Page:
The earlier pictures were taken on my wee compact Canon ixus 970IS, which involved sneaking up on the butterflies. This can be very frustrating when they fly off, but very rewarding when they don't!

Since 2012 I have been using a Panasonic Lumix FZ150, which allows me to zoom in to the butterflies from a couple of metres away.



Thursday, 20 February 2014

Burnet Moths

The Six Spot Burnet Moth, Zygaena filipendulae, is a day-flying moth that is found on meadows and coastal grassland around Britain. It flies between June and August and can be quite common around the coast here.



As the name implies, the moth has six red spots on the upper side of the fore wing. The hind wing, which is only really visible when it is flying, is red with a black border.


The caterpillars feed on Bird's-foot Trefoil, Lotus corniculatus. They are nicely marked and easy to find in the late spring. 


After hibernating for the winter, the caterpillars emerge in the spring and form a yellow cocoon on vegetation or fence posts. They are very easy to spot.


Last year there was great excitement when someone noticed a Narrow-bordered Five-spot Burnet moth, Zygaena lonicerae. Further investigation at the site found a lot more and then people noticed them in various areas of coastal grassland in East Lothian. This is a species that occurs in England and Wales, but it now seems to be extending its range northwards. When we started checking our photographs from the last few years we discovered that the Narrow-bordered Five-spot Burnet moth had been here for some time!!


It is quite strange that they hadn't been noticed before as the cocoon is quite different from the Six-spot Burnet moth.


It just goes to show that we shouldn't become complacent about the wildlife around us and we should always be on the look out for something new or different.

12 comments:

  1. This is without doubt a very beautiful moth,..a species I have admired in books, but have never had the pleasure of discovering in the wild, or any other Burnet moth for that matter. Great photos and commentary Nick, which I will find most useful when identifying cocoon caterpillar and moths.:)

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    1. I am afraid that I take them a little for granted as they are quite common here in the summer.

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  2. That's interesting. I had the pleasure to observe this species a few times last summer, but I didn't know that caterpillars feed on Lotus corniculatus (but I'm quite positive that there were many plants of this species in the area). As an adult, I saw Burnets always on Knautia (arvensis, I think).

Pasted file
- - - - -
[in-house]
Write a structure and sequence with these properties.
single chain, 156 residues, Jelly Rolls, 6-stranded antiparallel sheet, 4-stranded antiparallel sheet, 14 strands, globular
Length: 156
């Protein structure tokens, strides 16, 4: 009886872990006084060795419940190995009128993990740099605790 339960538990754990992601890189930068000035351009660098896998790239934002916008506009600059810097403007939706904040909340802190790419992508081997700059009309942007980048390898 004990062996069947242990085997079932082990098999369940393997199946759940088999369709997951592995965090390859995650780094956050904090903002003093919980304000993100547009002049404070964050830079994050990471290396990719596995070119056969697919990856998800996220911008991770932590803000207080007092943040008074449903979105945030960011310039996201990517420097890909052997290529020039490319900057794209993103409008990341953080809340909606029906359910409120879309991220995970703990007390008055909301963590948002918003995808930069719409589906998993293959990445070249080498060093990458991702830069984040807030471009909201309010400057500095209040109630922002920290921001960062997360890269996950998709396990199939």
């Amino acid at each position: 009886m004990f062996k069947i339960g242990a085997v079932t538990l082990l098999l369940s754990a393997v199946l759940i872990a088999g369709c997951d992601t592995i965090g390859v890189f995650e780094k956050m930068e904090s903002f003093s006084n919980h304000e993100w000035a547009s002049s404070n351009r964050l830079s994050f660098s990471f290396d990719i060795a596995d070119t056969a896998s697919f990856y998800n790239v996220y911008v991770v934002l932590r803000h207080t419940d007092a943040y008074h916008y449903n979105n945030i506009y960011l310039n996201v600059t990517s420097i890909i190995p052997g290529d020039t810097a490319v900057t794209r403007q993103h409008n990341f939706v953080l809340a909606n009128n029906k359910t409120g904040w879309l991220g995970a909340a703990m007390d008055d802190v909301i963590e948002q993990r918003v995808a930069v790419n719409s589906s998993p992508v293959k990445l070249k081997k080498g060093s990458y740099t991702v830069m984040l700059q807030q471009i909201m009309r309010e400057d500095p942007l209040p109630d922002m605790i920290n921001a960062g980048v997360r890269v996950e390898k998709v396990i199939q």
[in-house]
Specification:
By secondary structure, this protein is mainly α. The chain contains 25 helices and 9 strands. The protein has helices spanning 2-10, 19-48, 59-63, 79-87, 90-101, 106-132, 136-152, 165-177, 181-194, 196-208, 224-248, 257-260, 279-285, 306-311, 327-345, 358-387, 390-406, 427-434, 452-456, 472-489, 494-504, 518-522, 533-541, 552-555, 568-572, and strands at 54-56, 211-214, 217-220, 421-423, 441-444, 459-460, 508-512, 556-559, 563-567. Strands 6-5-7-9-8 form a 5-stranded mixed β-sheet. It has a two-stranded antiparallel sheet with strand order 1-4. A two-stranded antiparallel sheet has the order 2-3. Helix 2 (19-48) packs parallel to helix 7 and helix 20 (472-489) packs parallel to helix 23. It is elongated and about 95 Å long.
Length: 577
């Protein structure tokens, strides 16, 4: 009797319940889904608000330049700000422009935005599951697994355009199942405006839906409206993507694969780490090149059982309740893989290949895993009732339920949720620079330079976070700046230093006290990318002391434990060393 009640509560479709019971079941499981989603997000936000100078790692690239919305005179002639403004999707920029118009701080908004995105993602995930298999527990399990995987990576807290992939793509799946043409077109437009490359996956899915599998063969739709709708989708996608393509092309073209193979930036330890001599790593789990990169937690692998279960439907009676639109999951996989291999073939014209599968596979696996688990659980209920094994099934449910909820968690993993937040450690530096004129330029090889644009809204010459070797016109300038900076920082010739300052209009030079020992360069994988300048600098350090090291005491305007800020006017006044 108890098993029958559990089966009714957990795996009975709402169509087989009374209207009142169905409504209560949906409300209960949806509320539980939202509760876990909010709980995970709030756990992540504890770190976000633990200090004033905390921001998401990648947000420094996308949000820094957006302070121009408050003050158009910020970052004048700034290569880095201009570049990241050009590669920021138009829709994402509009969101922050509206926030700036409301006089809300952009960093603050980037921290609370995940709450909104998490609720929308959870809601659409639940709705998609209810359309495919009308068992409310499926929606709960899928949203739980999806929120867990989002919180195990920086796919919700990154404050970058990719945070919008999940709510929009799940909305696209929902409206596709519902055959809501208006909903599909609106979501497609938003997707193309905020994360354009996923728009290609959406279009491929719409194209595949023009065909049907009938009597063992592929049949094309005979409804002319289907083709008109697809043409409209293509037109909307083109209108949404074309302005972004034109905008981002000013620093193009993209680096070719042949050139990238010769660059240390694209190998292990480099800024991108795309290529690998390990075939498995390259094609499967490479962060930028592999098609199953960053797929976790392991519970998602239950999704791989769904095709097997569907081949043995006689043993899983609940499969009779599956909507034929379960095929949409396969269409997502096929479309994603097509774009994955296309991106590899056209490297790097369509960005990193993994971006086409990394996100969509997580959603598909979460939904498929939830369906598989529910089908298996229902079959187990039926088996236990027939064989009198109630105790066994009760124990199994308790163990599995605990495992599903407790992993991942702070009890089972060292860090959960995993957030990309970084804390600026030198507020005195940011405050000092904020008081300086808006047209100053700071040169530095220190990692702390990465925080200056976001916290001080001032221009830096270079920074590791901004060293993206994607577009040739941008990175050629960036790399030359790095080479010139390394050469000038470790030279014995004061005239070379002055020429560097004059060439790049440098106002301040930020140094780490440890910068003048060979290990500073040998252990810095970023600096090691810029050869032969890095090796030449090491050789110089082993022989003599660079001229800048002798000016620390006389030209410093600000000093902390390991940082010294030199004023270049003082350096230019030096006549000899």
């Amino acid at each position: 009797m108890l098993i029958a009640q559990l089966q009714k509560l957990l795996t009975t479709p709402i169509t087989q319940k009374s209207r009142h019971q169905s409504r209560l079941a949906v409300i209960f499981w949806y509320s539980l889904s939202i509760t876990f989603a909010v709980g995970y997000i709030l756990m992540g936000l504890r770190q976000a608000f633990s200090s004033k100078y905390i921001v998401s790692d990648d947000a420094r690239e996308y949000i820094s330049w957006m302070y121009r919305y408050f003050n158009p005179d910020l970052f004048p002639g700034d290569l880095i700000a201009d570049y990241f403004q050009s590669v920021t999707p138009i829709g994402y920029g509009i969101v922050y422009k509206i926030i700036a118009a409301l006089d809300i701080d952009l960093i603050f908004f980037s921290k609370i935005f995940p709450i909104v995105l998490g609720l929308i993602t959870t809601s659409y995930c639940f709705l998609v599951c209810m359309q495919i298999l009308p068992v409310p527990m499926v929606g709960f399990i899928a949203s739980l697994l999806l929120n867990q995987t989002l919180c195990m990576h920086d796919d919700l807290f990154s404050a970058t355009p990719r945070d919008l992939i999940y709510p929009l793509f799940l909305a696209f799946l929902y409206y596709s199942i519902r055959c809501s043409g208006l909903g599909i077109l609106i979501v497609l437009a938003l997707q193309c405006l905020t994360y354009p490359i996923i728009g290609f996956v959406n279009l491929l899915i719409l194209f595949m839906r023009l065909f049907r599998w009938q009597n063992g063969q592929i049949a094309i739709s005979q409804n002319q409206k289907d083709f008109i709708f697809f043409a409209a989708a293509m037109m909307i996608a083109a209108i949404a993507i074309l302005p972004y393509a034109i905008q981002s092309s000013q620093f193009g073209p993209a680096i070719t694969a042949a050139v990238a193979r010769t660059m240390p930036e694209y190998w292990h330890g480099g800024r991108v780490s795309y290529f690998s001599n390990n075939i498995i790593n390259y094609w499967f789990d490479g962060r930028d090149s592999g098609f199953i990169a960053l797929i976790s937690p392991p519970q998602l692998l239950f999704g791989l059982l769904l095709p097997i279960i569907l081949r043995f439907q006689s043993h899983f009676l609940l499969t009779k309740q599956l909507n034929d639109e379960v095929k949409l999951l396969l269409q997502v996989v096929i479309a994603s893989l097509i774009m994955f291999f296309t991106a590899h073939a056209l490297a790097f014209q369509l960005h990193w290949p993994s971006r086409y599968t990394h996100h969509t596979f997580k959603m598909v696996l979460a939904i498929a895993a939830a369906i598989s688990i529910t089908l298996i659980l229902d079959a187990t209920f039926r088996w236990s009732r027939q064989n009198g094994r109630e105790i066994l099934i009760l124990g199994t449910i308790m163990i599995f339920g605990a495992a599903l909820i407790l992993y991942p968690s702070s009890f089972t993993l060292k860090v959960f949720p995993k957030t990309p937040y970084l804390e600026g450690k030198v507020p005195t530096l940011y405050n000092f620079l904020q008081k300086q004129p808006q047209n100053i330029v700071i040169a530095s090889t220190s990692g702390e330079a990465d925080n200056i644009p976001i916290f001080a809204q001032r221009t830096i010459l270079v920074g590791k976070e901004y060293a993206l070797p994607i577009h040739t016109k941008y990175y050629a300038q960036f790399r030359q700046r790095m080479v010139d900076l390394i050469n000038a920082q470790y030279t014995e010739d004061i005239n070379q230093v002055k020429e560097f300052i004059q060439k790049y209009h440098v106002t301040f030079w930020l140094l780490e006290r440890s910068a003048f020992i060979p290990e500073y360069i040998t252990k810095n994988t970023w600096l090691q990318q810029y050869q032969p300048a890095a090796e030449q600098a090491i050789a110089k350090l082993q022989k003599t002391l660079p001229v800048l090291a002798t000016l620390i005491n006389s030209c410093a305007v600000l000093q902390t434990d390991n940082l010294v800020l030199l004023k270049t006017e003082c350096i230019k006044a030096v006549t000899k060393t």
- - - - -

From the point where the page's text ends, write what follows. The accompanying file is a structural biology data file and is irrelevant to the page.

Great blog, looking forward to reading next posts!

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    1. Thanks Eloi. Yes, i have seen them feeding on Scabious. They also like Ragwort - Senecio jacobaea and Knapweed - Centaurea nigra.

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  3. I love your new header. The image is simply amazingly beautiful. Nick, this moth reminds me of the Polka Dot Moth or Oleander Wasp Moth:
    http://en.wikipedia.org/wiki/Syntomeida_epilais
    They look very similar but are only related within the same order of Lepidoptera. As usual, the images are great!

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    1. Hi Maria. I checked out the Polka Dot Moth and it is very similar. It always interests me how similar niches around the world are occupied by very similar-looking but unrelated species.
      The Orange Tip butterfly in my header was taken in my Dad's woodland. I had been keeping my eye on a chrysalis all last winter and when I went to visit him one time in the spring I discovered that his gardener had cleared the plant it had been on! While I was looking through the debris, this butterfly landed on a Forget-me-not right next to me and posed for a picture. It had me wondering if it was the butterfly that had emerged from the chrysalis!!

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  4. Gardeners are just so trained to pull the weeds out. Yet if we teach them what needs to stay, I'm sure they can understand eventually. Sometimes even WE don't know ourselves which plants need to stay in order for butterflies and moths to breed; and gardeners are just doing their job. I suppose getting acquainted with all the host plants, but most are weeds!

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    1. He's actually quite good at leaving plants for butterflies, etc. The chrysalis was on a dried out seed head on a pile of stones that he wanted to use to repair the driveway. I am sure that I have probably inadvertently destroyed many creatures when I have been tidying the garden!

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  5. Hi Nick, that is a very beautiful moth. You have not visited my blogs because i have not been posting lepidopterans lately, but i do post them occassionally in FB, as we have Lepidoptera group there. Regards.

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    1. Hi Andrea. I think I found that Facebook group. Some great pictures on there. I will keep an eye on that! I have been looking at your blog, but didn't want to comment in case it caused a problem. I have enjoyed seeing the pictures of plants you have posted.

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  6. A very unusual moth. I love the contrast of the red dots on black. Sometimes, simplicity works best, dhowing that "less is actually more".

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    1. Hi Elsie,
      We have a few black and red moths which live in similar habitats. They can be quite common in the summer. I'll see if I can find pictures of some others species.

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